Product Development: An Avenue For Ideas

Aug. 24, 2005
C.R. Bard Inc.'s standardized program for receiving, evaluating and marketing ideas encourages fresh thinking.

An idea-generation program launched in January 2004 gave C.R. Bard Inc. a new product within nine months, and has led to 150 other products that are in various stages of development toward commercial application. Although just 20 months old, the program has generated more than 1,000 new ideas for the company, and nearly one-third of those are being considered as potential marketable concepts.

The program includes what amounts to a public invitation via the company's Web site for anyone to submit ideas, and a process to evaluate and develop the concepts and to turn them into products that can be manufactured.

Additionally, the program includes consideration for the person making the suggestion: He usually knows within 30 days if the idea has merit because the company reports back to him and, for good ideas, develops some sort of monetary award. "This started as a move to take the mystery out of the ways to give the company ideas for new products and processes," says John A. DeFord. DeFord is vice president for science and technology for the Murray Hill, N.J.-based company. C. R. Bard develops, manufactures and markets medical technologies in vascular, urologic, oncologic and surgical applications. Its customers include hospitals, individual health-care professionals, extended-care facilities and alternate health-care sites worldwide.

C.R. Bard wanted to find ways to promote new ideas for products and processes, and to ensure that the persons who offered them knew their ideas were being taken seriously.

It came up with "Idea Generation Process," (IGP), a simple name for a program that, within a year, quadrupled the number of ideas the company received. To establish the IGP, C.R. Bard outlined seven stages required to make a concept commercially viable, and established multidisciplinary teams at each of its divisions, at its headquarters and at its R&D facility.

The eight teams oversee the evaluation and screening of ideas that are submitted, conduct business analysis for concepts, and track the development, testing, clinical validation and commercialization of new products.

The teams typically have five permanent members, including the director of business development at each business unit, who usually serves as the team leader, a person from R&D, and representatives from each unit's quality, regulatory and manufacturing operations. Representatives from other disciplines within the divisions or from corporate R&D or headquarters are called in as needed. The teams meet about twice each month, DeFord says.

The teams also are responsible for providing the fast responses to the people who submit ideas. The rapid reaction is designed to encourage people to provide additional ideas in the future, DeFord says. Although open to the general public, most of the ideas come from the company's employees and customers.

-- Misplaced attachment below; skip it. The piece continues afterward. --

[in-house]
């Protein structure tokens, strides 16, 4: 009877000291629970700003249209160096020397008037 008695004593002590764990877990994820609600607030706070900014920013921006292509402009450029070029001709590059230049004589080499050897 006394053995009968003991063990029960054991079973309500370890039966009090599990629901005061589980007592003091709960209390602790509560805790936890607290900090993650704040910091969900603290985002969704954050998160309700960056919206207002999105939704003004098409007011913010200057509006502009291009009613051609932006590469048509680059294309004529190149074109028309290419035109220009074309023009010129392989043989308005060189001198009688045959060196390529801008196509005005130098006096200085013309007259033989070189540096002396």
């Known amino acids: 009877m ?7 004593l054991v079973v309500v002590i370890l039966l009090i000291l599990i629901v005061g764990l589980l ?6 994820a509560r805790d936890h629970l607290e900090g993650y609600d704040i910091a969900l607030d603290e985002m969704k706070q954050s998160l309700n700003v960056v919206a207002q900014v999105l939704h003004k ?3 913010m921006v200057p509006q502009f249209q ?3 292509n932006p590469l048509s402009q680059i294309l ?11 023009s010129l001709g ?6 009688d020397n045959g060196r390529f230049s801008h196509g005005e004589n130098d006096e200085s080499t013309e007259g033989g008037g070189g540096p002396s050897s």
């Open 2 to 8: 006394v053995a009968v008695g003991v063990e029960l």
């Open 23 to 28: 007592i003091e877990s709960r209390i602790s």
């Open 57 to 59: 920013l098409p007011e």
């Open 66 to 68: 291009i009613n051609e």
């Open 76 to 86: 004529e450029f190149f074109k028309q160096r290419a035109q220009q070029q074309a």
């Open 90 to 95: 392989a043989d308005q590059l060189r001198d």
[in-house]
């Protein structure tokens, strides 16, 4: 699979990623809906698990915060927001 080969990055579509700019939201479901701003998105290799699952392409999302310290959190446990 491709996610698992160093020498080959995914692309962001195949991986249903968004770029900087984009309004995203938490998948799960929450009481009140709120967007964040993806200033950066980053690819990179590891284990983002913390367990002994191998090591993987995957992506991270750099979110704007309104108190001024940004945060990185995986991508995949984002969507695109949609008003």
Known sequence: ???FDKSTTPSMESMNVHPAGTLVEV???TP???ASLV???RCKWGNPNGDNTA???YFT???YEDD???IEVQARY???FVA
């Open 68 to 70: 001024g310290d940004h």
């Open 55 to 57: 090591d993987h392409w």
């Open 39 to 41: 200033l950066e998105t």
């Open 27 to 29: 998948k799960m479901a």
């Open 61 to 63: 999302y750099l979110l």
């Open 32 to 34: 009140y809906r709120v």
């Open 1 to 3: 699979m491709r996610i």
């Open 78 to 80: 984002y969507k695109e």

"Inventive people often have multiple ideas. Not every idea works. It could take seven or eight ideas for us to find one that is really a good fit," he says. The product that was identified and commercialized within nine months was one "good fit."

The suggestion was for the development of a dual-purpose catheter that could be used as an all-purpose access to a patient's arterial system and for the relatively high-pressure injection of contrasting media that are needed for x-ray and CT scans. Previously, patients who were catheterized with an all-purpose arterial catheter would also need a high-pressure catheter if they were going for an x-ray or CT scan.

C.R. Bard already made all-purpose catheters, and put the suggestion through its Idea Generation Process. It introduced the trade-named "PowerPICC" (the last part of the name is an acronym for Peripherally Inserted Central-venous Catheter) in the autumn of 2004. As part of the IGP, the company applied for and received appropriate regulatory agency approval around the world, and the product was launched.

The PowerPICC product, a modification of one of the company's existing products, moved through C.R. Bard's IGP and through regulatory approvals more quickly than usual, but it would not be on the market without the streamlined suggestion system. Besides the 150 concepts that are under active development, DeFord says there are an additional 300 ideas that have advanced beyond the program's initial evaluation stage that could become marketable products within the next year or two.

DeFord notes that the company also is working on ideas submitted internally that recommend manufacturing, safety and quality improvements. Because of the company's rapid growth, DeFord says C.R. Bard's R&D operations have grown at a very fast pace, and the IGP has provided multifaceted support.

"This gives our R&D team and our sales team an opportunity to evaluate ideas, and gives our employees and customers a place to take their ideas," DeFord says. And, while ensuring the person with the idea gets feedback, it gives the company and each of its divisions a standard way to evaluate, track and move good ideas forward.

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